Human trafficking: EU policy reviewed

The European Parliament has commissioned Ecorys to evaluate the Anti-Trafficking Protocol. The purpose of the evaluation is to get a comprehensive overview of the current state of implementation and functioning of the Anti-Trafficking Protocol.

As a result of this study, we conclude that progress has been made in all the areas assessed. The Anti-Trafficking Protocol has proved to be a valuable tool for the enforcement and defence of human rights and for combating criminal networks. Moreover, there has been closer cooperation between the parties involved, which can be attributed to the measures and mechanisms introduced by it. The study also describes some deficiencies in the implementation of the protocol in several EU countries, jeopardising its purpose.

Human trafficking violates fundamental rights and it threatens the dignity of victims. In recent decades, the European Union has therefore introduced a comprehensive legal and policy framework, including Directive 2011/36/EU (Anti-Trafficking Protocol), to address this serious humanitarian problem.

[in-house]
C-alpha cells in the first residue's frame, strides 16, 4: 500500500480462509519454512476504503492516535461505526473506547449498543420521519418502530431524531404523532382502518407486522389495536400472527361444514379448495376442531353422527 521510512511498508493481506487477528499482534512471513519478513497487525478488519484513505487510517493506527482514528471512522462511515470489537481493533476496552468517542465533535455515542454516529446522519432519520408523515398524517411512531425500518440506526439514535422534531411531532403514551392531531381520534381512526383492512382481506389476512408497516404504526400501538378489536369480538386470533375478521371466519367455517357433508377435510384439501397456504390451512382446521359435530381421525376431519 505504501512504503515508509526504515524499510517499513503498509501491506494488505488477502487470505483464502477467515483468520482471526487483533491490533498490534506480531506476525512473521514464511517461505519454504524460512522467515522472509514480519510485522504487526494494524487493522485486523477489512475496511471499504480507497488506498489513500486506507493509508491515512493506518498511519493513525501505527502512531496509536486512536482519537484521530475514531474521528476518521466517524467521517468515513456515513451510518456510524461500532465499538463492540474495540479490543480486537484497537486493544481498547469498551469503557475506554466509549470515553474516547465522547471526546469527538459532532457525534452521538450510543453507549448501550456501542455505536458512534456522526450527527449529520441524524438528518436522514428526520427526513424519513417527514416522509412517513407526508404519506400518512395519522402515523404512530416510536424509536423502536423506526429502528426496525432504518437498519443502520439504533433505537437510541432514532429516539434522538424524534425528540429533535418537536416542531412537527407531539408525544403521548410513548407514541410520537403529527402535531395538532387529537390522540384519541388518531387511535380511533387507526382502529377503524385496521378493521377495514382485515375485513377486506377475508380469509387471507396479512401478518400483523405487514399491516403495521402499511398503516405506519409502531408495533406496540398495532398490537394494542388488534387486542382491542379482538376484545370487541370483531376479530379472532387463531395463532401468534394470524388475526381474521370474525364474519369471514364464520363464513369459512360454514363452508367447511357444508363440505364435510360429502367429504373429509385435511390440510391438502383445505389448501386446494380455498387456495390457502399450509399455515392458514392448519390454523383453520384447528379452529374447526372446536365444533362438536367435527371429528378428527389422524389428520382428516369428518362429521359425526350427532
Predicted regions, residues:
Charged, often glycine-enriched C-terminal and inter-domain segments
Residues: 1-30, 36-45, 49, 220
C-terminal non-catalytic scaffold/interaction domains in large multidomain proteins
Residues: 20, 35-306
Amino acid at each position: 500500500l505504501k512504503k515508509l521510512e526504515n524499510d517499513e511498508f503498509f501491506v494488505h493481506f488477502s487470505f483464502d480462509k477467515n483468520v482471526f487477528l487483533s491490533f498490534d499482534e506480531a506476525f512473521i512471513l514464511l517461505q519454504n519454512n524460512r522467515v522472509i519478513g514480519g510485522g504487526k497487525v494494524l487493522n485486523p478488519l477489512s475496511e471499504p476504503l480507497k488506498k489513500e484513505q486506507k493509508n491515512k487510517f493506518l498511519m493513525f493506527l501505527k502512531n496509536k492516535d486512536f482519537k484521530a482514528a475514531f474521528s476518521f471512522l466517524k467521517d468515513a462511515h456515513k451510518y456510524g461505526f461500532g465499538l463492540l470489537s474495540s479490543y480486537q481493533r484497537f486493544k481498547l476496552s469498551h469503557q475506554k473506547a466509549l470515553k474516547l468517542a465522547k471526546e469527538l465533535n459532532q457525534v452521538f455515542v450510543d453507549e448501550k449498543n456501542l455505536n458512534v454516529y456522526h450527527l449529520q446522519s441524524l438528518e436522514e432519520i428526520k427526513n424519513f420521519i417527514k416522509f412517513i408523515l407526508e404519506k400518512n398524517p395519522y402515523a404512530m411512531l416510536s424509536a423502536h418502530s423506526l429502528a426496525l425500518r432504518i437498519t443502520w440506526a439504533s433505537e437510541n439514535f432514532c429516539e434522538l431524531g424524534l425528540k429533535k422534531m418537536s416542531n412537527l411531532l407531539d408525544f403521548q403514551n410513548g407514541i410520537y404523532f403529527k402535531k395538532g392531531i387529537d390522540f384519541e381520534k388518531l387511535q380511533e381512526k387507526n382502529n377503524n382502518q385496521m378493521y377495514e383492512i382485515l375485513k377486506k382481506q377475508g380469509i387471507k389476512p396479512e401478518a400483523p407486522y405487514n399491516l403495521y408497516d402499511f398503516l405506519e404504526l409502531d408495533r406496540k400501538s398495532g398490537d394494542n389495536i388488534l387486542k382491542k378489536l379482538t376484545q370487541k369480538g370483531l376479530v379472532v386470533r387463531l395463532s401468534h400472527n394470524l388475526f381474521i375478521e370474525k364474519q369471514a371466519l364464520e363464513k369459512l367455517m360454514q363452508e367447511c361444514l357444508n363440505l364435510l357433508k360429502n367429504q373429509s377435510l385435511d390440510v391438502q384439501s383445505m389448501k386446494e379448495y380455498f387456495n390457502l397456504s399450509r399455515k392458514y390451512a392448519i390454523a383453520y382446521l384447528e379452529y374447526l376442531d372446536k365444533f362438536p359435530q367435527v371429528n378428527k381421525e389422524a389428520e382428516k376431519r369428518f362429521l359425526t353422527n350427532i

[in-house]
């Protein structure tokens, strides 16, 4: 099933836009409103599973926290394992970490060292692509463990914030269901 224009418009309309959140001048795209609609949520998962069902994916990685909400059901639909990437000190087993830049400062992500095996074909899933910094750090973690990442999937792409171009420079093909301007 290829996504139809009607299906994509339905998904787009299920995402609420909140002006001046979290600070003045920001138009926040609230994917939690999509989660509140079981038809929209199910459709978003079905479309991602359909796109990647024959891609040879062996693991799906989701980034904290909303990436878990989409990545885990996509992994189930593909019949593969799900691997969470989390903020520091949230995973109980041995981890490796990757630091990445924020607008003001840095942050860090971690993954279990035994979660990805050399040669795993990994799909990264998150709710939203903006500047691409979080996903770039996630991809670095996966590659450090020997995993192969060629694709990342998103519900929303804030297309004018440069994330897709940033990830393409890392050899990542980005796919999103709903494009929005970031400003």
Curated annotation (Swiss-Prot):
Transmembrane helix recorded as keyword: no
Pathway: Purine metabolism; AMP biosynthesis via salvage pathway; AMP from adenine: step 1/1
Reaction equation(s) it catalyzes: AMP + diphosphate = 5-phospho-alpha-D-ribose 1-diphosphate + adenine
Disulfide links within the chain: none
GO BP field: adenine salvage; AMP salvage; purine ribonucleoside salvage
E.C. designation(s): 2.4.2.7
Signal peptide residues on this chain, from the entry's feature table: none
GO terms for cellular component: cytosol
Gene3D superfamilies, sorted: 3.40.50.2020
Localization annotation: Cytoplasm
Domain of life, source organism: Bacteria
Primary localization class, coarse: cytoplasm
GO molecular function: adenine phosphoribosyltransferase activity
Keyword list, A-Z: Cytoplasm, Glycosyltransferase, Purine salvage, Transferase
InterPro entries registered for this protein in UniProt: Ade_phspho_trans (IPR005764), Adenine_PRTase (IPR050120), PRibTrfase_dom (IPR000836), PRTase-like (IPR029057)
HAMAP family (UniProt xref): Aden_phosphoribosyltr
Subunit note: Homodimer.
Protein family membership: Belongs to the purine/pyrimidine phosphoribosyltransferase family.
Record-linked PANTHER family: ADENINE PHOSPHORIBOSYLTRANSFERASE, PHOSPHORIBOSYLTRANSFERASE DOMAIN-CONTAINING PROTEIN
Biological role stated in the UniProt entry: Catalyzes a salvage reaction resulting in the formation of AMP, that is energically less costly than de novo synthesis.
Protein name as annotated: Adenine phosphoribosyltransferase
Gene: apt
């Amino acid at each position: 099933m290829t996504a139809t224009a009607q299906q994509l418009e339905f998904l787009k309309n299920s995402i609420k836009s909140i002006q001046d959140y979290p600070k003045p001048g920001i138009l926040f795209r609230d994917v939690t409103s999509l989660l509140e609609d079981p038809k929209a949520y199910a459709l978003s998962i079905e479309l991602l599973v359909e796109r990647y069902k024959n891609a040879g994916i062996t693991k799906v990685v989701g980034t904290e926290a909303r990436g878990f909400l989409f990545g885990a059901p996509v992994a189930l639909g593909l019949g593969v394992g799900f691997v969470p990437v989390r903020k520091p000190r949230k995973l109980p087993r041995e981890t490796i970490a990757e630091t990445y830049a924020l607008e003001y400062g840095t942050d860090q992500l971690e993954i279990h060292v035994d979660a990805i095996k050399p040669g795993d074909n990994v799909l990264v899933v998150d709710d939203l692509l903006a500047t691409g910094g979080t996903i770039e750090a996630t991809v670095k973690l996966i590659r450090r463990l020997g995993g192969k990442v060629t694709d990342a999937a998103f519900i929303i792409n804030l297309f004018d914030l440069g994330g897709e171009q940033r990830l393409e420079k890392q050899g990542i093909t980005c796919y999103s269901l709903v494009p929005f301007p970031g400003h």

Based on extensive desk research analyses and semi-structured interviews with stakeholders in all EU-27 Member States, the research team assessed the performance, developments and shortcomings of five dimensions of the protocol. The team conducted the research based on the overall trafficking situation in the European Union and the level of prevention of trafficking by the current legal framework. In addition, the team assessed the efficiency of the criminal justice system in which the protocol is embedded, the protection offered to victims through the Anti-Trafficking Protocol, the existing cooperation between member states and EU support in the field of human trafficking.

For more information, read the full research report (pdf).

29 December 2021

1 minute read

Key Experts

Gabriëlle op 't Hoog

Senior Consultant